Summer drought impacts migration route for newly-endangered monarch butterflies
The next cold front will usher in a staple of fall in Abilene. Monarch butterflies will be visiting the area as they make their way from Canada to Mexico for the winter. The newly endangered species faces extra challenges for their annual journey. But cities in their migration path can take steps to help.
Have you ever been on a long road trip where you don’t see a gas station for a concerning length of time? That anxiety inducing scenario is all too real for the monarch butterflies migrating 2,000 miles across North America.
The population of the iconic insect has declined by 85% in the past 20 years. That makes it dangerously close to extinction.
Josh Brokaw, professor of biology at Abilene Christian University, says the main reason for the population decline is habitat loss. Monarchs have faced challenges throughout their evolution, but he says the combination of changing temperatures and a diminishing habitat is new, “Those two things happening at the same time is a challenge they haven’t had to handle before. It makes you wonder if that might be beyond their capabilities.”
Monarchs have lost their habitat for two reasons. The first is human intervention, things like illegal logging and deforestation in Mexico. Another factor is certain pesticides used in agriculture. Spraying crops like corn and soy kills everything except the crop. This includes pollinating insects, like butterflies, and the flowering plants they need for nectar.
Brokaw says the prairie-landscape the modern butterflies’ ancestors relied on is very different from the farms the butterflies will pass by in the fall, and there’s nothing that can be done at this point to fix it, “There’s no way we’re going to go back to having the 99% of tall grass prairies that we lost. There’s just no way that’s going to happen.”
Another issue the monarchs face is climate change. Clay Carbajal, the supervisor of conservation at the Abilene Zoo, says monarch butterflies need a plant called milkweed to reproduce, “I mean, a female monarch lays 200 eggs, or so. 200 eggs. And she lays them exclusively on milkweed plants. So without milkweed, the animal does not survive.”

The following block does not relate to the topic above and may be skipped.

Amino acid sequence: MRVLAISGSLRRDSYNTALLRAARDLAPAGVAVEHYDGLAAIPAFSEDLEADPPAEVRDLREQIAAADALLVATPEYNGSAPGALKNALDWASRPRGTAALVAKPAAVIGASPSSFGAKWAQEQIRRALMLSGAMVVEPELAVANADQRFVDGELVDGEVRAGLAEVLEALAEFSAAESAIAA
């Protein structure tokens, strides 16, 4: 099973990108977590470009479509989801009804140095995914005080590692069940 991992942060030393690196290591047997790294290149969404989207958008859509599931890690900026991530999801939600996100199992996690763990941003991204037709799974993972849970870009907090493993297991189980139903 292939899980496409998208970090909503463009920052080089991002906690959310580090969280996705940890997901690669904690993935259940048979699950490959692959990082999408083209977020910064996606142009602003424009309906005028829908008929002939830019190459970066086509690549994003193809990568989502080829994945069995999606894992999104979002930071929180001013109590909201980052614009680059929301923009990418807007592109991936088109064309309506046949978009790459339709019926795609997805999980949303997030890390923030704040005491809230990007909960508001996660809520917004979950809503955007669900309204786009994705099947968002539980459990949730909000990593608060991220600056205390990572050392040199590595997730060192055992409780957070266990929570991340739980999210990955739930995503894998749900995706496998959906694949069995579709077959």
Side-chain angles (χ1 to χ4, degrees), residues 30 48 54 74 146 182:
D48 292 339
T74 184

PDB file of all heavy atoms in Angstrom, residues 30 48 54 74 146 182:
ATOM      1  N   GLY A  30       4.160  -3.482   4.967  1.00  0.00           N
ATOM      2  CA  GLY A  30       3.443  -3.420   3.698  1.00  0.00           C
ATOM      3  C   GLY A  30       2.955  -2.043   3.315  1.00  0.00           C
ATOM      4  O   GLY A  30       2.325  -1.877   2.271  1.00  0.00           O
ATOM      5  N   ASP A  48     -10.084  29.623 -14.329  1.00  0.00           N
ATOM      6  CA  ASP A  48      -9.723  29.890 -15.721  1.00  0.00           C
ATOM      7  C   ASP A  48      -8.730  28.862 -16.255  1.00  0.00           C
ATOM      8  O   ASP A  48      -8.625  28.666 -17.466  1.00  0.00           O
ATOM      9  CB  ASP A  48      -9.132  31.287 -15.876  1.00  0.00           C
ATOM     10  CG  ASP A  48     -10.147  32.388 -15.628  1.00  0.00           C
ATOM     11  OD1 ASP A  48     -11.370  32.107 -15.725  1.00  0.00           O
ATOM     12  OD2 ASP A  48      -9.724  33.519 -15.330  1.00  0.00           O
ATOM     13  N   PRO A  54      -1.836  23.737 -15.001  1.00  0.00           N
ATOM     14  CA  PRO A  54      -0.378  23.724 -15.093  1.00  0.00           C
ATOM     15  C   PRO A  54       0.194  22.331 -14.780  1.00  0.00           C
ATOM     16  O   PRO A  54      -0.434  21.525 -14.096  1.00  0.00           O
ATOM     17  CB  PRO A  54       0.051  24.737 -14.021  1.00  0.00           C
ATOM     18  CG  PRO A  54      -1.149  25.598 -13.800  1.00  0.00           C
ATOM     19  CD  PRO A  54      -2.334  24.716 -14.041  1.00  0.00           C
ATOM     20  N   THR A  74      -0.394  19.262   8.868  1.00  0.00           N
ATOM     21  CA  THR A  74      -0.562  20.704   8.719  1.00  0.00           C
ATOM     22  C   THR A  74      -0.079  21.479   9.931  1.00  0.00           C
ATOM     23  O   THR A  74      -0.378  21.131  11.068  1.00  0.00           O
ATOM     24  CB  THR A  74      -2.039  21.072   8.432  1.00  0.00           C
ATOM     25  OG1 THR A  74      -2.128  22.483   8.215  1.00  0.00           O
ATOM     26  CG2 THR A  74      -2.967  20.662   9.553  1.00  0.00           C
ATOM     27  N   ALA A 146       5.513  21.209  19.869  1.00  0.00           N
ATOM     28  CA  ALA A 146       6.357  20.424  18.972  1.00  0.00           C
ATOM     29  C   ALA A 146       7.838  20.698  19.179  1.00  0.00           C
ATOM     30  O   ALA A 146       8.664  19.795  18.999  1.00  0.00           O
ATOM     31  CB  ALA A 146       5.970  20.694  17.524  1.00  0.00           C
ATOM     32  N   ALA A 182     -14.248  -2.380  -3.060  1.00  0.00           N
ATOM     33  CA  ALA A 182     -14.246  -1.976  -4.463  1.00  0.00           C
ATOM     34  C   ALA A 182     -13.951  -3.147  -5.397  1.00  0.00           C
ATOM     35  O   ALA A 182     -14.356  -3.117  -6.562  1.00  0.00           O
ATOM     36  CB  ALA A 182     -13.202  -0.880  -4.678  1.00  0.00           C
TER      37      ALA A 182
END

Each butterfly lays one egg at a time, ONE egg to ONE milkweed plant. But, the crucial plant is diminishing because of widespread drought and wildfires. And despite recent rain across Texas, milkweed plants are small and scarce after the record-breaking summer heat and intense drought.
“Those migrating butterflies are going to come through here in the fall, and aren’t going to find those places to lay their eggs.”
Carbajal and other butterfly enthusiasts say people can help by planting milkweed in their yards or asking their city to stop mowing it down during migration season.
Jean Dottson, a Big Country Master Naturalist states, “We have an opportunity in the fall to provide nectar and milkweed that they can lay their eggs on and provide nourishment on their journey south.”
She says conserving the butterflies is important not only because they are pollinating insects that aid in diversifying ecosystems, but also because the butterfly serves as a tiny diplomat on its cross-country journey, “It’s kind of an ambassador between Canada, the US and Mexico for conservation. We all are concerned about it."
But for photographer and long-time butterfly observer Rendi Hahn, conservation of the butterflies is important simply because they are worth appreciating. “They are extraordinarily beautiful to me," Hahn says. "I love the cycle of them coming and going.”
An influential environmental organization based in Switzerland recently listed monarch butterflies as endangered. But they won’t have federal protection until the US Fish and Wildlife Service deems them endangered.